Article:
The idea of men and women having control of their familial future is nothing new. In fact, the use of contraception dates back to ancient Egyptian times. Despite the controversy that often surrounds the use of birth control, history shows that the need for pregnancy prevention existed even before most modern religions were established. This paper will cover the colorful history of what we now know as birth control, through the centuries and up to modern times. Hopefully, this can give the audience a good idea about how necessary this concept is, and to look at the idea of controlling your destiny with objectivity.
Beginning in ancient times, people saw a need to control the amount of children that they may have. One civilization in particular, the ancient Egyptians, had novel approaches to birth control. Drawings found from the time, around 3000 B.C., depicted men wearing condom like devices. This civilization also had what is called a pessary, which is an object or mixture that is inserted into the vagina to block or kill sperm. Some of their mixtures may have included pebbles, crocodile dung, or even rock salt. The Egyptians also used sea sponges drenched in lemon juice; much like a woman today might use a sponge with a spermicidal. The Egyptians weren’t the only ancient civilization to utilize birth control methods; the ancient Greeks used a method of post coital birth control. This method was employed when the couple was done with sexual intercourse, and the woman was to squat and apply pressure to the abdomen to rid the vagina of semen. Yet another approach from within the same time period was that of Aristotle, who recommended that women “anoint that part of the womb in which the seed falls” with olive oil, cedar oil, or frankincense. These oils were thought to act as a spermicidal that prevented conception because of the lips of the cervix would be too slippery to allow the semen to pass.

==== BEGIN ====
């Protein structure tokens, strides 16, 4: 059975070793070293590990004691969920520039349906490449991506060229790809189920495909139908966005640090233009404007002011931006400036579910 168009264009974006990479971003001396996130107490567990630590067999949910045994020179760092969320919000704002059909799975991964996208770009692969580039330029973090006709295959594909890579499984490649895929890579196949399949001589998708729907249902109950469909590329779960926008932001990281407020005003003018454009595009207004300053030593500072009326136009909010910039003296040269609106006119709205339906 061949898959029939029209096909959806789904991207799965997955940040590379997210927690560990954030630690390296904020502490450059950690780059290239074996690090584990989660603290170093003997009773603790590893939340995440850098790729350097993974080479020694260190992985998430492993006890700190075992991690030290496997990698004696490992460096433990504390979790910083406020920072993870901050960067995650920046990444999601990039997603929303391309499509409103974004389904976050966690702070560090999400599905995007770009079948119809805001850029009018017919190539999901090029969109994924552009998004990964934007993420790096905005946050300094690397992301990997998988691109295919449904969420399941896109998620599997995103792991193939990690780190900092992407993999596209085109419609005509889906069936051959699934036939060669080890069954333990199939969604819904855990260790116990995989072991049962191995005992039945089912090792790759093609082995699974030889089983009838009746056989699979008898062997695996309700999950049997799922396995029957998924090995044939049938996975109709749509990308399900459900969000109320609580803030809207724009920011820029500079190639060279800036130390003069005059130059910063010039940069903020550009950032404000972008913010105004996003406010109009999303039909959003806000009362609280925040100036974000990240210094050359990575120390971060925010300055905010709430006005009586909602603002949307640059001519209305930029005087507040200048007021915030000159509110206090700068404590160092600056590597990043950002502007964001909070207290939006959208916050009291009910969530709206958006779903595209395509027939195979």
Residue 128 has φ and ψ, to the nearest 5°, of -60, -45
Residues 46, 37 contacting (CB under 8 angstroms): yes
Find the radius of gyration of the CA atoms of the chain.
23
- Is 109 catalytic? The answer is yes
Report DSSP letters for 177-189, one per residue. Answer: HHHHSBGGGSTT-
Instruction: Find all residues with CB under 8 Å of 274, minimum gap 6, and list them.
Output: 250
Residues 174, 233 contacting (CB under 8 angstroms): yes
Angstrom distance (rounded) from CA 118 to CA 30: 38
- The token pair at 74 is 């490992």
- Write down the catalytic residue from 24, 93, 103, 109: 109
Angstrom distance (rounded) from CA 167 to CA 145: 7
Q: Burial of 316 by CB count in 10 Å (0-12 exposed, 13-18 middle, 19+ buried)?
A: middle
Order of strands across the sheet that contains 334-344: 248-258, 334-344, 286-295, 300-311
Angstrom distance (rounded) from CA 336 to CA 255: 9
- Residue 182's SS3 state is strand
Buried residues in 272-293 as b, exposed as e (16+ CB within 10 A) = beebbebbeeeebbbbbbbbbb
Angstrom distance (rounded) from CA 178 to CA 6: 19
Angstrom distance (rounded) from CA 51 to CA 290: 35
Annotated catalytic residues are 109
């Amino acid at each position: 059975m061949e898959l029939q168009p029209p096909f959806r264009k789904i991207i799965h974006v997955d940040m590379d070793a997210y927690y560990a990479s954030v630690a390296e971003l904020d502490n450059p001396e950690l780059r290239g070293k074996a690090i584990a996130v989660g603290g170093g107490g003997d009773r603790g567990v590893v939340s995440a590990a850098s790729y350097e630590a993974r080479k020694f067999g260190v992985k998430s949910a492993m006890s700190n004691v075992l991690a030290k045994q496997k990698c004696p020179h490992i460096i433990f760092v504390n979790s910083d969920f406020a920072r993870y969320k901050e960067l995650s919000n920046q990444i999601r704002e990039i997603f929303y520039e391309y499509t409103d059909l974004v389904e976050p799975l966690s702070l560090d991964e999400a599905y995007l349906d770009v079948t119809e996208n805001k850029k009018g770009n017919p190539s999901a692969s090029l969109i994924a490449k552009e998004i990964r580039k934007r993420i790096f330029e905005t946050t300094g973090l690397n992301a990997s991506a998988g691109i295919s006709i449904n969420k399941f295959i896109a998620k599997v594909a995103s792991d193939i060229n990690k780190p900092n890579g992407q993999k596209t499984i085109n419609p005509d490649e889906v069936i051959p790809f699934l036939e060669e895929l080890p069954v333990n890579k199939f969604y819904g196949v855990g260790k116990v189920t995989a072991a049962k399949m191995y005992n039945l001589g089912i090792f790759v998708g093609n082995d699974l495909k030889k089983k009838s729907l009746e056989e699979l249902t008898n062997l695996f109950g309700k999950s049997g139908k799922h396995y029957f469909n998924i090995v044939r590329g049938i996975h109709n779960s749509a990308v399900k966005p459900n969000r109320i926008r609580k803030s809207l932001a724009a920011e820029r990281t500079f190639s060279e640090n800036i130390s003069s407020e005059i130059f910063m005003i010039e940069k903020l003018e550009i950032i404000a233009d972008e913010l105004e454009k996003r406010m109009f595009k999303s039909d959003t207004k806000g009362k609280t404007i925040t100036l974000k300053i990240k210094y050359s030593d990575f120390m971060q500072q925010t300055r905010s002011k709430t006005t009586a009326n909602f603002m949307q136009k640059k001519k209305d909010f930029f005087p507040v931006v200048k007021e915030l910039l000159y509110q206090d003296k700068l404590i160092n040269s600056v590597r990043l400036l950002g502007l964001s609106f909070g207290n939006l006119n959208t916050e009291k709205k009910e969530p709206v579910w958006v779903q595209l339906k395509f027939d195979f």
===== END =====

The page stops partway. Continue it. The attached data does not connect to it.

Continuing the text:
Even as cultures and society progressed, the need for birth control remained strong. For example, in the 16th century it was common to use condoms made from animal intestine. This practice was more intended to decrease the spread of syphilis rather than preventing pregnancy at this time. A few hundred years later, it was noted in the memoirs of the famous womanizer Giacomo Casanova (1725-1798) that various types of birth control were used in his carnal escapades. Some of his methods included the use of animal intestine as a condom, and the use of an empty half of a lemon rind as a primitive cervical cap. Also from this time period came the advent of the chastity belt, which was used all the way up until the 1930’s. The chastity belt was a bulky metal device that was like an undergarment with openings at the front and back for urination and defecation. The use of this device was initially intended to prevent the wearer from having sex, but it consequently prevented pregnancy as well.
In the late 1800’s, Charles Goodyear (of Goodyear Tire fame) made...